Transformative power of microfinance for women
- Sheetal Mehta is CEO and founder of not for profit organization Shanti Microfinance. The opinions expressed are her own. You can follow her on Twitter. Reuters will host a “follow-the-sun” live blog on Monday, March 8, 2010, International Women’s Day. Please tune in.–
The women of the world still get the rawest deal. Throughout history, in places where life is tough for everyone, women still on average work for longer hours and take on the burden of the household chores. In its Human Development Report, the United Nations Development Programme reported that 70 percent of the people living on less than $1 dollar (65 pence) per day are women.
Development specialists have known for a long time that increasing the income of women is essential to poverty alleviation. All over the world women have been shown to spend more of their income on their households than men, so that when they are helped, the lot of the whole family is improved.
One of the biggest problems preventing poor women from improving their position is a lack of access to credit. If you are living on two dollars a day this doesn’t mean that you are paid this amount every morning.
One day you might get five, then receive nothing for three days. Income and outgoings are unpredictable; emergencies crop up. The poor need credit more than anyone else – and yet half of Indian rural households are denied formal loans.
That is why micro-finance is so essential – small loans of $20 to $50 dollars a day- have transformed life for many of the poorest. Ever since Muhammad Yunus loaned a Bangladeshi woman $27 to start a business in the mid-seventies, it is estimated that micro-finance has given 100 million people access to financial services.
Microfinancing would never have been a success without women. Investors have found that women’s repayment rates are typically superior to men, which has been essential in making the schemes viable.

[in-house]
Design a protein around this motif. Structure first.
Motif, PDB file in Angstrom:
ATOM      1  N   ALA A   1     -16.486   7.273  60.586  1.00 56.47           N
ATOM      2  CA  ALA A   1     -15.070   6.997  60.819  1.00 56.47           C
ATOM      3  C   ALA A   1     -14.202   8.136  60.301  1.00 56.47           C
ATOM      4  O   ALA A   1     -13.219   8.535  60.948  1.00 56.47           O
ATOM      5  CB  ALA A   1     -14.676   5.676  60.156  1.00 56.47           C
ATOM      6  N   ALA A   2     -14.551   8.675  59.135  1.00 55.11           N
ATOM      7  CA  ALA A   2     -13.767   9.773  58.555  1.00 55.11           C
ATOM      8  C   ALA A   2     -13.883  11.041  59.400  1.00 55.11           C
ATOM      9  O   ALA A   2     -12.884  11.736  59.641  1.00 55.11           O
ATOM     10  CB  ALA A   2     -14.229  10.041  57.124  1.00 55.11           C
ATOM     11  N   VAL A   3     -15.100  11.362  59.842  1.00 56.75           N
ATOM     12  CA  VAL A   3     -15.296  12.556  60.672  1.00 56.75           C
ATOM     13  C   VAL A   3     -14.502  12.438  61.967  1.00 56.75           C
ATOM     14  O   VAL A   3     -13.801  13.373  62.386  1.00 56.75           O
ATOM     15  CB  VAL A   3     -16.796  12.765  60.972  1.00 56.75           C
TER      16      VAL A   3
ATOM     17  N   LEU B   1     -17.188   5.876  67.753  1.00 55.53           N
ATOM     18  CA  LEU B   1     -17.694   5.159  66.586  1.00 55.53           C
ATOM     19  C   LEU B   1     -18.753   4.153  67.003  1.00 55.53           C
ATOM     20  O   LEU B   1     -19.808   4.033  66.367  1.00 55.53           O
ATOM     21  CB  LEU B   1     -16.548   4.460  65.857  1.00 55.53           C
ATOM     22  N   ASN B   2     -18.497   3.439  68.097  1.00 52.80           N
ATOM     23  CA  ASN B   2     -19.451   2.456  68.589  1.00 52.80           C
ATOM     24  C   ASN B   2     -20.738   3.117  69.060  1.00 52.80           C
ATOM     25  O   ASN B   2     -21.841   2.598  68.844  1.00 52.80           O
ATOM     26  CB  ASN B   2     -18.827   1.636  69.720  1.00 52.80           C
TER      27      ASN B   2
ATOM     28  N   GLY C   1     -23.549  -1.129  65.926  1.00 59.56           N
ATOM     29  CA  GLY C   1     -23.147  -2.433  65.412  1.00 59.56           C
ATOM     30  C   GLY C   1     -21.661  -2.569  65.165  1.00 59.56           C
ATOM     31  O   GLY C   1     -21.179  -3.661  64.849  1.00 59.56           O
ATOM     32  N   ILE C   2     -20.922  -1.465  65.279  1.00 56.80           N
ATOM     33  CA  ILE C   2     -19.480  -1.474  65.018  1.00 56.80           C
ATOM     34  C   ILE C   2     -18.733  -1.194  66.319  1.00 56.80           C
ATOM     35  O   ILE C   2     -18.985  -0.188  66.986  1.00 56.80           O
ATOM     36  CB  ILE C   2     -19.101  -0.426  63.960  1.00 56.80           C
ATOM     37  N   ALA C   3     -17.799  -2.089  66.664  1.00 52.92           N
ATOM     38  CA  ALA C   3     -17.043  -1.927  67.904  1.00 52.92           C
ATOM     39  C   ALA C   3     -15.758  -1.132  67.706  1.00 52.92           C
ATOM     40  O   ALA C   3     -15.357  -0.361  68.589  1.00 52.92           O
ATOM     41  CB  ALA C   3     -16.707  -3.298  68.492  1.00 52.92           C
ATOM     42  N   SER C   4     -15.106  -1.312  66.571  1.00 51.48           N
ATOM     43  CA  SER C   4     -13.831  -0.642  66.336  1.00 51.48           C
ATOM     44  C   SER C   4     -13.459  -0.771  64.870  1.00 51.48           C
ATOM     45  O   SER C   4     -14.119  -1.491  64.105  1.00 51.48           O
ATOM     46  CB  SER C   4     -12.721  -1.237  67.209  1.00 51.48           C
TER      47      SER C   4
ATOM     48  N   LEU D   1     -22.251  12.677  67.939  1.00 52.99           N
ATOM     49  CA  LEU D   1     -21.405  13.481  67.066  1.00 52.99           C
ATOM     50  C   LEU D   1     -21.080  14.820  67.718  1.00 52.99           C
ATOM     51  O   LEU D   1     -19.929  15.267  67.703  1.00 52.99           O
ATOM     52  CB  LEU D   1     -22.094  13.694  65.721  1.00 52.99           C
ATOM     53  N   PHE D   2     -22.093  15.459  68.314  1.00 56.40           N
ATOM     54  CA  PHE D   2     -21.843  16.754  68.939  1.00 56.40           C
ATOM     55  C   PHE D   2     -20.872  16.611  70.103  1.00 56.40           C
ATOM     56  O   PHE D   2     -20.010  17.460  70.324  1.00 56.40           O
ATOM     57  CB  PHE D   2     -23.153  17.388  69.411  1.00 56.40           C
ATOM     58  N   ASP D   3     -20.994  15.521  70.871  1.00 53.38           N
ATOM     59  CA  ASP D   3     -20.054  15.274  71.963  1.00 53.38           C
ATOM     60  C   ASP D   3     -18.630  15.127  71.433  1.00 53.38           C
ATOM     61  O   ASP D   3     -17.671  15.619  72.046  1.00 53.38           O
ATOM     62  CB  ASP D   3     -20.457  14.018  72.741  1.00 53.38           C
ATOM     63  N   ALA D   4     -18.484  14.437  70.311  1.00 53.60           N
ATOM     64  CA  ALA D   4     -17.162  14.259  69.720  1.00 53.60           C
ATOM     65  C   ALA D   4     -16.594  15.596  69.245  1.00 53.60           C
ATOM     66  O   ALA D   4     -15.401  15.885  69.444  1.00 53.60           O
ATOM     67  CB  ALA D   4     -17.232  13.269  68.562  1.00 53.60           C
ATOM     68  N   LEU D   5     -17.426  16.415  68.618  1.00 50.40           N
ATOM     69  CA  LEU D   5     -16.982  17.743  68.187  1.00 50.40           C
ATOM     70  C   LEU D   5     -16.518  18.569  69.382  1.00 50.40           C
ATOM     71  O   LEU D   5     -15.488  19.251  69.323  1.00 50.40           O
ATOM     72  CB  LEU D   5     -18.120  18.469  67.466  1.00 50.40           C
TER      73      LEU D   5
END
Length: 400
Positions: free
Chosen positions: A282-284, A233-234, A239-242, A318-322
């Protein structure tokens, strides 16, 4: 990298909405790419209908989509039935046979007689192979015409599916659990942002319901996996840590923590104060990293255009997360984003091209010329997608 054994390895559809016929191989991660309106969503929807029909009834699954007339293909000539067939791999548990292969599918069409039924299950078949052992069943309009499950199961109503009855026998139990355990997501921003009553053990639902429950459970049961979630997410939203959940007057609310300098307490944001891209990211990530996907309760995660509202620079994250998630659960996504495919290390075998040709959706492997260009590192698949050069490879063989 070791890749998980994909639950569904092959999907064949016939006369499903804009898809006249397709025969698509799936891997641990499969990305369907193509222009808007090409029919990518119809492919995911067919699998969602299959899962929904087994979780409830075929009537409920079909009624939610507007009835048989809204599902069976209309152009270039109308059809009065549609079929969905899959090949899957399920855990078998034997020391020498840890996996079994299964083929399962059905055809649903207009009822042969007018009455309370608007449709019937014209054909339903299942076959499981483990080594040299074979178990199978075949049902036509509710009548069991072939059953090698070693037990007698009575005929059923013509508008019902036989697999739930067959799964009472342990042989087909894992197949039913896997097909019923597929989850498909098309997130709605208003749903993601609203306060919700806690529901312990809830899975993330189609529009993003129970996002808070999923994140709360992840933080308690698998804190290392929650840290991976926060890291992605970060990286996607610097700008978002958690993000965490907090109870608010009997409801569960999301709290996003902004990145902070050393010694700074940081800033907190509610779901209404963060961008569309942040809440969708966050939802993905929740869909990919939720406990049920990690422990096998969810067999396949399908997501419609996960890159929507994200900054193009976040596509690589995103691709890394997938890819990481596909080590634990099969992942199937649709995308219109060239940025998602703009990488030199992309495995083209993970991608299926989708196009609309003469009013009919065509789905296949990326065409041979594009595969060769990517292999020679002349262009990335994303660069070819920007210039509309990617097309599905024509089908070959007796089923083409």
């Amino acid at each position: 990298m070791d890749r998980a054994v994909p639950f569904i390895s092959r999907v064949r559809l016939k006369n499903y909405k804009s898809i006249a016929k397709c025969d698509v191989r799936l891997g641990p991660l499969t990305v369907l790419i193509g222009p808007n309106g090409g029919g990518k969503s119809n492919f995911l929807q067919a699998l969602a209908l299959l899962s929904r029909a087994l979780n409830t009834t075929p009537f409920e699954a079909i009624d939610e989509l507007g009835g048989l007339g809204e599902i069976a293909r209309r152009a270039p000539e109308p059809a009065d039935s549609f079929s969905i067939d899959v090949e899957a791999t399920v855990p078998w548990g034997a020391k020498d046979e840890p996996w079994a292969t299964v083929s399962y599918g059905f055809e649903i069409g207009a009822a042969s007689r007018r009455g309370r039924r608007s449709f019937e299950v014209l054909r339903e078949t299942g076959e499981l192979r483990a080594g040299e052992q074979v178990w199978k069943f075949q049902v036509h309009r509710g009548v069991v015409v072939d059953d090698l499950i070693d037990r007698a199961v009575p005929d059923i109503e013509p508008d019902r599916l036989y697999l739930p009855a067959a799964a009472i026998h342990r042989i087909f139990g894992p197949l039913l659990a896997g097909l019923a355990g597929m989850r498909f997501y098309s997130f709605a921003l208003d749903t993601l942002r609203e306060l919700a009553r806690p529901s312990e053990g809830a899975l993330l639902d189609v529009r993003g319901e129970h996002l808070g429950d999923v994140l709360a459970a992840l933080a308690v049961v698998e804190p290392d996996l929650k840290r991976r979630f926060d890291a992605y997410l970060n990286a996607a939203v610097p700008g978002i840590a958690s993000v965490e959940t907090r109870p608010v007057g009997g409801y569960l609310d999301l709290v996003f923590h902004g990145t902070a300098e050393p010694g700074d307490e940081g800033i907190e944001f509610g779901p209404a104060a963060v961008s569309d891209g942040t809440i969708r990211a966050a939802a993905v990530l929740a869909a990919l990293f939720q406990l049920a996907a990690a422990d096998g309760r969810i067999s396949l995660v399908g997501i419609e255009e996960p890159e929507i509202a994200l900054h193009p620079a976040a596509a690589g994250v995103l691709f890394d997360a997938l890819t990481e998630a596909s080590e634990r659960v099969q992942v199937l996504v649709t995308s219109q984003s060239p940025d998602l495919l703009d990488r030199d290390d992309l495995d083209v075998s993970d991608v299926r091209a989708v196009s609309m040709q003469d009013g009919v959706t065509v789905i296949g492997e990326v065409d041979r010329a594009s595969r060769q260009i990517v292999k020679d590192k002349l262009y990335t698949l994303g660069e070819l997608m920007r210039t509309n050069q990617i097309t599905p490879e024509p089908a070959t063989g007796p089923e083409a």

Women pay these loans back because their collateral is their reputation: they don’t want to lose face in the community and have fewer options than men. And so a virtuous cycle has continued in which three quarters of those borrowing microloans are women.
Microloans have had advantages way beyond the economic sphere. They have given women greater self-respect, respect from others, and a greater say in the life of their family.
In Rwanda, 69 percent of the women who had borrowed money said that they had increased their self-esteem. In Nepal, women reported that they had a bigger role in areas of family decision-making such as their children’s marriage and sending daughters to school.
And in India, the Working Women’s Forum has encouraged political engagement from those who have joined its micro-finance programme. Nine out of 10 of its members have taken civil action in their neighbourhood over pressing problems.
Microfinancing has proved so spectacularly successful that commercial operators are stealing the brand for themselves. Since the international financial institutions and non-governmental organisations paved the way by proving, against expectations, that the poor would repay their loans, microfinance has been seen as the “next big thing” in the financial world with breathless write-ups in the financial press about the “pin-stripes chasing the poor”.
Unfortunately the ethos of many of the commercial providers is far from that pioneered by Mohammad Yunus. Some lenders charge 80-100 percentinterest to slum dwellers and aggressively sell loans to those who can’t afford them.
In the Indian shantytown of Ramanagaram there have been reports of a “repayment revolt” after the area was “carpet-bombed” with loans from microfinance firms. Yunus has described these activities as no different to “what loan sharks have been doing over the centuries”.
If the brand of microfinancing is to be rescued, it urgently needs some golden rules to which any organization describing itself as a micro-lender must adhere.
There should be group lending so that local traders can guarantee each other and build up a sense of community. Lending should come with training on how to save, business mentoring, and access to some IT technology. And interest rates shouldn’t usually exceed 10 per cent while any profits should be ploughed back into the local area.
There are powerful philanthropists – including Bill Gates and Ebay founder Pierre Omidyar, who have recently entered microfinancing and could lead this effort at drawing up some common standards for lenders. Microfinancing has been a powerful tool for women’s rights. And it is women who suffer most if exploitative lenders are allowed to dress up in micro-financing’s clothes.